Greek Oregano

Certified Organic

Origanum vulgare

Highly aromatic savory variety that thrives in colder climates.

While oregano evokes images of scrubby herbs on Mediterranean cliffs, in the Northeast, oregano is a champion of the cold, one of the first perennial herbs to emerge from winter dormancy. In fact, it is so tolerant of winter that it rarely dies back entirely and can often be harvested year round, anytime the ground is not covered by snow. Use it as the ancients did, making wreaths in honor of Aphrodite to crown the heads of newly married couples. Or, harvest loads of it in mid- to late spring and dry in a warm airy place. A small patch provides enough for a year's worth of delicious soups and sauces.

Essential in a range of cuisines, from Middle Eastern to Mediterranean, oregano imparts a distinctive, rich, savory, hunger-inducing aroma to cooked dishes. This Greek strain is stronger flavored than others, and it forms a hardy, scrubby, spreading clump over the years. When treated as a perennial, it's best to harvest as much oregano as possible in May or early June, before it begins to flower and develop an overpowering flavor. When grown from seed each year, the leaves remain more delicate and mildly flavored, perfect for fresh eating in salads and quick, fresh sauces.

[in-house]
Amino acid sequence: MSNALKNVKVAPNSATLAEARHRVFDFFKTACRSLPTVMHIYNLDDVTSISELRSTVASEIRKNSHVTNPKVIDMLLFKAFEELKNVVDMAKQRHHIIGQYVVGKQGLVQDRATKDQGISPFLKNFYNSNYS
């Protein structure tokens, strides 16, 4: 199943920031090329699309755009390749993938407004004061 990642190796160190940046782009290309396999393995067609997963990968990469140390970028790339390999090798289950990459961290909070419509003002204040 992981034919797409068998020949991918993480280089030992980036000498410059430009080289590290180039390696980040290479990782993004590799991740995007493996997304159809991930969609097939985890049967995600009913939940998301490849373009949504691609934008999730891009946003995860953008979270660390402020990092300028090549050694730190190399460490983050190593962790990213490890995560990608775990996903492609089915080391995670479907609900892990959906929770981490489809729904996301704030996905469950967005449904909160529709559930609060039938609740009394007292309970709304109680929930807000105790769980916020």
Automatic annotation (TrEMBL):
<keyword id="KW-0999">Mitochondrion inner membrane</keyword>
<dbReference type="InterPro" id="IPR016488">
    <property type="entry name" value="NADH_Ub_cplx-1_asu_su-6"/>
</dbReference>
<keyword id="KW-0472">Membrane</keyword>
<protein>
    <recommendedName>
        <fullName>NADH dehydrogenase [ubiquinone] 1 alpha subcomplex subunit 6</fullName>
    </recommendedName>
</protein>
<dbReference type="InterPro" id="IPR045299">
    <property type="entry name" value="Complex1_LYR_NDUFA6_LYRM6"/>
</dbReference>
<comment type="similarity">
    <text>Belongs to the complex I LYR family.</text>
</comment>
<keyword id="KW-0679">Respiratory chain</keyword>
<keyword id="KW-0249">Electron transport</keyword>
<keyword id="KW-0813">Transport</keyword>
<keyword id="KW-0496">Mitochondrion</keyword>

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Surface sow or sow at a very shallow depth (less than ⅛"), either indoors early or outdoors a 3-4 weeks before last frost. Seedlings are tiny: keep well cultivated. Tolerates rocky, low-fertility soil; grows readily in nearly all situations. Once established, very little care is required.

Days to Germination 7-14 days
Days to Maturity 80 days
Planting Depth 0-¼"
Spacing in Row 4"
Spacing Between Rows 10"
Height at Maturity 18"
Width at Maturity Keeps spreading as far as you allow it to
Sun Preference Full to Little Sun
Hardiness Zone Range Zones 4-8

Artwork by Wildflower Graphics. Wildflower Graphics combines the hand-drawn illustrations of Lynne Bittner (1957-2016) with the digital wizardry of her husband, Richie Bittner, and daughter, Dorothy Greenhouse. Their work allows the inner light of plant forms to shine.

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